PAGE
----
Although I mailed my payment 5 days prior to the due date, it arrived on day six – a day late and a heafty finance charge later- they make no concessions. This is not a case of the public trying to compensate for negligence and late payment, but an opportunistic way for the company to claim late payment and collect fees. They posted a day late (did it really arrive a day late?)- my, my, my, how convenient.

    I am almost completely free of credit charges and when I am I plan to go cash and vote against any credit company bail outs. It’s the public that needs a bail out from this shady practice of squeezing the public on inflated finance charges and bogus posting dates. They should be trying to help those of us that still have the means to pay the cards off rather than go into bankruptcy.

    My apologies to the schlubs in BoA customer service – they deserve combat pay!

    Angry, very angry.

  5. Anonymous

    abc, I am not afraid of fraud because I understand how it happens, and I defend myself against it. Perhaps I should have said “I am not afraid of fraud happening to ME.” For example:

    1. I never click a link in an email that is apparently from one of my financial institutions, unless I check the actual URL (in the browser status bar) very carefully, there are zero warning signs of fraud elsewhere, and I was expecting the email to begin with. (IMO no financial company should ever send links in their own emails, and should advertise that fact to their users. THAT would be a useful security policy.)

    2. I understand how alternative character sets can be used to imitate English URL’s very closely, so I treat all URL’s with appropriate suspicion.

    3. I understand what SSL certs and encryption mean, and what they do not mean.

    4. I am aware of what can be accomplished by cross-site scripting attacks and cross-site request forgeries and I actively avoid situations that could lead to a compromise by those methods.

    5. I do not save my passwords in my browser, instead I save them in a third-party password storage application that is only open when I am accessing a site. I generate a unique, 12+ character, alphanumeric, mixed-case password of high entropy for each website.

    6. I stay very up-to-date on my transactions, so I would quickly spot any fraudulent activity.

    Why do I object to the “security” measures of many financial institutions?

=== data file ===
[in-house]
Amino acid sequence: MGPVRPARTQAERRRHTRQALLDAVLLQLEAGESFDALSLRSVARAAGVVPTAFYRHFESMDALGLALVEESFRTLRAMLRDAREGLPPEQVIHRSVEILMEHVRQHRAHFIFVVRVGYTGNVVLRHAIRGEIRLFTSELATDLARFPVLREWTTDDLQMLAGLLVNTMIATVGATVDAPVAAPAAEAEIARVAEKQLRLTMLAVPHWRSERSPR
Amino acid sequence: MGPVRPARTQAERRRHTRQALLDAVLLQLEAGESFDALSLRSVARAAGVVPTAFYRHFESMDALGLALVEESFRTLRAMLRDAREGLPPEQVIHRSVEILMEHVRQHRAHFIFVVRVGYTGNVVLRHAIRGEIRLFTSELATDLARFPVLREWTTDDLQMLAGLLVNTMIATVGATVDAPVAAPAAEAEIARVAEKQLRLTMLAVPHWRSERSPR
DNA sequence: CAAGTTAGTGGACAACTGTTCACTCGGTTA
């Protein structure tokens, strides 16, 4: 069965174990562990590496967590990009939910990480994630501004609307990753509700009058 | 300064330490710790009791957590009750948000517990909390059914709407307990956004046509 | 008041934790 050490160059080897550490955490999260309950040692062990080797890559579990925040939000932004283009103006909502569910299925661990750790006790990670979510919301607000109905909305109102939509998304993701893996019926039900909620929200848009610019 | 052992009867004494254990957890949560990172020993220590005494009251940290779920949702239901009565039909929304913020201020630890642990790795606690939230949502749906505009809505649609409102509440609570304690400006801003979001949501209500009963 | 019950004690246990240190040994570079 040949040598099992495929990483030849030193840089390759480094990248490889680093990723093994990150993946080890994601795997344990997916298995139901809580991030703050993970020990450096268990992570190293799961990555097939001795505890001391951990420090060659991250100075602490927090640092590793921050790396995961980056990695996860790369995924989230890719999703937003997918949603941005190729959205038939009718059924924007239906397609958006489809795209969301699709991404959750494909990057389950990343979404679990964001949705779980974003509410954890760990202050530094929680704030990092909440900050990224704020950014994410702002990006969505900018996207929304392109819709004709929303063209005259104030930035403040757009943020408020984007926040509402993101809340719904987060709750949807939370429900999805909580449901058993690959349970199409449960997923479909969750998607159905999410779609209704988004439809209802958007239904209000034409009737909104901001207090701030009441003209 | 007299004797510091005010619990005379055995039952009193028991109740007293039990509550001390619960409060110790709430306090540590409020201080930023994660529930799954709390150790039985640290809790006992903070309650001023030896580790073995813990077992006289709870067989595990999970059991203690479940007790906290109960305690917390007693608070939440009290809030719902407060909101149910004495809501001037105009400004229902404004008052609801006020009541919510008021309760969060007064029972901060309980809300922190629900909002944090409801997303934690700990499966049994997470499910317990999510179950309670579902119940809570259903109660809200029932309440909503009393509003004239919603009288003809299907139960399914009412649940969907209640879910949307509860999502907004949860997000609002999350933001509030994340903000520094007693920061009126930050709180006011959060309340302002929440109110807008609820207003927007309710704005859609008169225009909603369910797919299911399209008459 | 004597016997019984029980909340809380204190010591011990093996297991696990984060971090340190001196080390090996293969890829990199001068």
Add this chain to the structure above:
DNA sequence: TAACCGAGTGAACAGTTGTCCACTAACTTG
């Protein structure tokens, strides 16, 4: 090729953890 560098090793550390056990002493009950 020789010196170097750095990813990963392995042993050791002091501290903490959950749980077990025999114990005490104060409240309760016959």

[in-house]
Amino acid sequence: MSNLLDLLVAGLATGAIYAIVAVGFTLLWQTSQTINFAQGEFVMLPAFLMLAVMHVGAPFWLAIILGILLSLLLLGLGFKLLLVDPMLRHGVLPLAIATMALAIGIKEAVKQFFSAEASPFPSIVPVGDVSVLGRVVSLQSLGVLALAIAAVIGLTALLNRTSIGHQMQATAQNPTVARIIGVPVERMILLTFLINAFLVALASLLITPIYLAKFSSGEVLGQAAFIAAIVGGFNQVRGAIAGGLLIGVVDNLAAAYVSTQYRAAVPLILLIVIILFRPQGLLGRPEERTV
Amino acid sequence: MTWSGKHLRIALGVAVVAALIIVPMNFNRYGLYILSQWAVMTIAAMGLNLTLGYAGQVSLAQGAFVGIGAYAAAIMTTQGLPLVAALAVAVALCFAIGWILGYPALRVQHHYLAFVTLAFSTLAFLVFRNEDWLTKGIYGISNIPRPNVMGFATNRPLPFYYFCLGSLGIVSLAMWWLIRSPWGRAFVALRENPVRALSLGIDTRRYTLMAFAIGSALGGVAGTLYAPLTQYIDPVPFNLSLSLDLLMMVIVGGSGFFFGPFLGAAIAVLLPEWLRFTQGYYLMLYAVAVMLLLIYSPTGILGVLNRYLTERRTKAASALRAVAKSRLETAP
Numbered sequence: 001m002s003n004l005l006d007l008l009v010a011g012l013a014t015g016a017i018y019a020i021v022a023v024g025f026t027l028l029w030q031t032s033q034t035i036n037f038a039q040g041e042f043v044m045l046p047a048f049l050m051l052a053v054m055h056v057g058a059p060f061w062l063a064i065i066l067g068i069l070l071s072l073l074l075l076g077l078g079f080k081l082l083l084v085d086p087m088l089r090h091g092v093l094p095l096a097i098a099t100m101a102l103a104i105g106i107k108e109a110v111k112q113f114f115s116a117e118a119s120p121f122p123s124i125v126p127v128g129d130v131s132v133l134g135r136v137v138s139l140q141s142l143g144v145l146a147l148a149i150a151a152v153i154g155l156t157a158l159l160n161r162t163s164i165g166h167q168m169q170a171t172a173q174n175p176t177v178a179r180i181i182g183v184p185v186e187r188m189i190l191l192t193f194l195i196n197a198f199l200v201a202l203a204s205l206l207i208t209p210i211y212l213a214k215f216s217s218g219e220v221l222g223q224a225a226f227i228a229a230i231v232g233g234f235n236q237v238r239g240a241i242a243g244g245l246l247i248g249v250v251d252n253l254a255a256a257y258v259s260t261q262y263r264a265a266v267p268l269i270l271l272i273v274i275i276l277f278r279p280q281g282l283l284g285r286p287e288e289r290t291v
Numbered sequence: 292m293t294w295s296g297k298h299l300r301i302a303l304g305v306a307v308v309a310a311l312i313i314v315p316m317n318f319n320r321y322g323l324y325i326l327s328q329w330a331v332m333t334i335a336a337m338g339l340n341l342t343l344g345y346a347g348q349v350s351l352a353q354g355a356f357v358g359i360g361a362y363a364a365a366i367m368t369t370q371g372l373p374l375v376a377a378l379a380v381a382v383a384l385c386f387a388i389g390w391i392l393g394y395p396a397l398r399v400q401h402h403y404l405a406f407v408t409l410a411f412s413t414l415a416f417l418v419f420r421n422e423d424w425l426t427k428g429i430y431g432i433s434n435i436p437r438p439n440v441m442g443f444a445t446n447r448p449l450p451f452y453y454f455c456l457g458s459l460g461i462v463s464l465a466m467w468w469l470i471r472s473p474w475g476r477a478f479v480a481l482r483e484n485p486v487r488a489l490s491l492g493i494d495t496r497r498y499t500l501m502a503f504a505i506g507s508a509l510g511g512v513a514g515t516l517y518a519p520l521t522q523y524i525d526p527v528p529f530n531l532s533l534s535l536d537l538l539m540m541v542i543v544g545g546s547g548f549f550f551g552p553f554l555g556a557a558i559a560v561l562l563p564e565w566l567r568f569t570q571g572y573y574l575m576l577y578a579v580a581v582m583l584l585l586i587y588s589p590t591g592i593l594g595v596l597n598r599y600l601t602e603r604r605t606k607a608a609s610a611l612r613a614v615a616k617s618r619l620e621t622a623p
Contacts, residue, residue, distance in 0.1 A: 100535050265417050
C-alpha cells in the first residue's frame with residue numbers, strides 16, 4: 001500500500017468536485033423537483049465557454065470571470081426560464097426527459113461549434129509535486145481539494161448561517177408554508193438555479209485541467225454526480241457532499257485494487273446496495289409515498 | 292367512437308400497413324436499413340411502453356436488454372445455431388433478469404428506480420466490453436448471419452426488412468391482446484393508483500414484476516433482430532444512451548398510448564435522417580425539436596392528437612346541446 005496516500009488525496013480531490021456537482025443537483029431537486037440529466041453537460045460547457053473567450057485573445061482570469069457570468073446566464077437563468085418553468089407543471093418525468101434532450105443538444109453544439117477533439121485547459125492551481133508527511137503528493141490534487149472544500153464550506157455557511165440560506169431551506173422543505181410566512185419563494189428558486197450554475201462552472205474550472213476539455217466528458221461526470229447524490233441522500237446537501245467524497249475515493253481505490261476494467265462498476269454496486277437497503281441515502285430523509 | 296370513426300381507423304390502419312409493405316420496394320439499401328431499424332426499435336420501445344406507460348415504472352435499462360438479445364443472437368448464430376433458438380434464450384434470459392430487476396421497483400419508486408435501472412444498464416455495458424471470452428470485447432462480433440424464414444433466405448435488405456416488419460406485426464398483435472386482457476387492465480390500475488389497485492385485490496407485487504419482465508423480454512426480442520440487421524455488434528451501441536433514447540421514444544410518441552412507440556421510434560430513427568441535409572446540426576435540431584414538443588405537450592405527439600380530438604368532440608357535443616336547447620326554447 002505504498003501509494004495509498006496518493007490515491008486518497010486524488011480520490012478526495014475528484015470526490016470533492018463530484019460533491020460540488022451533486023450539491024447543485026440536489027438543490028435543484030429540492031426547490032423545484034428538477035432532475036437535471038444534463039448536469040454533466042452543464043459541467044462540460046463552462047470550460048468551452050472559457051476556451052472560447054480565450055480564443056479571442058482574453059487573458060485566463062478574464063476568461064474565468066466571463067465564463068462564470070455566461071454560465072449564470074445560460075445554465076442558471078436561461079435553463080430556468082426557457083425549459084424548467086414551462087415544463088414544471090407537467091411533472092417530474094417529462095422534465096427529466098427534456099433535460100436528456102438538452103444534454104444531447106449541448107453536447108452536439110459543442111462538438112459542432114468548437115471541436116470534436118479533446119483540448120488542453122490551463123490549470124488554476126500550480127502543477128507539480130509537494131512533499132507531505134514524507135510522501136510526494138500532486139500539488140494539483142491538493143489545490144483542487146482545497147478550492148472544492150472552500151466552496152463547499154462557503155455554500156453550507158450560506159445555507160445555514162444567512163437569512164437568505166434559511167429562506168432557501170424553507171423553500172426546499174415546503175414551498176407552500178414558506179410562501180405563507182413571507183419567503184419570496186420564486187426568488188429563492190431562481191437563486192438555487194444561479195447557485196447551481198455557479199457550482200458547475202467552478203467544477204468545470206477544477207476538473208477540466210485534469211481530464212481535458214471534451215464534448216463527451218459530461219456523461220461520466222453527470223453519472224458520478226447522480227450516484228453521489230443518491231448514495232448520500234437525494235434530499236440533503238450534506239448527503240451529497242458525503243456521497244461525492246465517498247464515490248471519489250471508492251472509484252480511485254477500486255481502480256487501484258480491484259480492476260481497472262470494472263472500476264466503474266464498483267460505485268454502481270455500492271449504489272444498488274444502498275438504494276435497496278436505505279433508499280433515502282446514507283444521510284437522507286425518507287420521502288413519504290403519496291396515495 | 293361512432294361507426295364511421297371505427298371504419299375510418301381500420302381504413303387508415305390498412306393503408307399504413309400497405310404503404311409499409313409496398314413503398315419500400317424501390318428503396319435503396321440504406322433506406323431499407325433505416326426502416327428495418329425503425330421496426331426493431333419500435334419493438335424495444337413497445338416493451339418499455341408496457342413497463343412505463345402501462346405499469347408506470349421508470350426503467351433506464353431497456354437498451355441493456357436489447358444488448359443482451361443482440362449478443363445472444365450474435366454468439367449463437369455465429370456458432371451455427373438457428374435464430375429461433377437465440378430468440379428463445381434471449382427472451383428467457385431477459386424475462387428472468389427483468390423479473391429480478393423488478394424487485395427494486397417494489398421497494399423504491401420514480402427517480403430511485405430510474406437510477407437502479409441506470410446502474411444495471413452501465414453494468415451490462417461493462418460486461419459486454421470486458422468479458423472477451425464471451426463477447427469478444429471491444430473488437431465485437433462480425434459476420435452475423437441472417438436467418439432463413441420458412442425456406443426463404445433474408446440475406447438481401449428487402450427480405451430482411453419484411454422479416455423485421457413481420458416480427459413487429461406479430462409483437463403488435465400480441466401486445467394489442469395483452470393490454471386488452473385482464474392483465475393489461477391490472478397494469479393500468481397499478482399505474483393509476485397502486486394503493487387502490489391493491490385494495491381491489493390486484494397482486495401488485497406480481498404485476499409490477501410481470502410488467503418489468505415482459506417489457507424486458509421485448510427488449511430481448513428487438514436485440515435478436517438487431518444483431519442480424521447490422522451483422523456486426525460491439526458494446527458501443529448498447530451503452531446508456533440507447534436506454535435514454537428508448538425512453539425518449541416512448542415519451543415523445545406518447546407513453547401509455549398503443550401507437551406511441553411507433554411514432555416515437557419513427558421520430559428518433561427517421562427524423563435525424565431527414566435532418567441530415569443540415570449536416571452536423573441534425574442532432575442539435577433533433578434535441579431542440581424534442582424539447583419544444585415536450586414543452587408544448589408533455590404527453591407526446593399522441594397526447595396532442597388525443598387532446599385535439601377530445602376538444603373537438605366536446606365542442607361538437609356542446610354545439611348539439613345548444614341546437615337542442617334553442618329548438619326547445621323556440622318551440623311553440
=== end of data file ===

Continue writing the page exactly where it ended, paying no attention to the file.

1. CAPTCHA’s. They are a pain, and they have had to get so difficult to remain secure that they are now difficult for humans as well, and they accomplish little that cannot be accomplish by an appropriate delay/lockout policy (and if you mention the DOS attack opportunity this creates, remember you could always add the CAPTCHA after the first or second attempt).

    2. Username requirements. These are a demonstrably bad security practice. Usernames cannot be expected to be kept as secure as passwords by their users, so trying to up the entropy of the username is much worse than simply demanding higher entropy in the password. Yet username requirements (like “must contain a number”) are an annoyance to the user, who cannot use the same one at each site. Now there are essentially two passwords, except that one is ridiculously weak and adds nothing concrete to our security.

    3. Secret questions. Subject to all the same detractors as username requirements, except these are often harder to generate and remember accurately. Often they are ridiculously easy to learn as well. They are also one of the most time-consuming parts of the sign-in process.

    4. IP-based additional security. I use a laptop, and my IP changes all the time as I use it at home, work, from my cell network and everywhere in between. IP is a bad way to do almost anything on the Internet, other than transmit packets.

    5. Secret pictures/phrases. These are actually a dandy idea, as they help the user identify that they are in the proper location. Note the lack of effort required on the part of the user once they have selected them! A great addition would be having the user click on an object in the image to submit the form, thereby ensuring that they pay attention to it. No issues with this one, except that it’s slapped on indiscriminately like the rest of the security “candy” we are expected to swallow.

    What is the solution to this mess? Very simple, actually: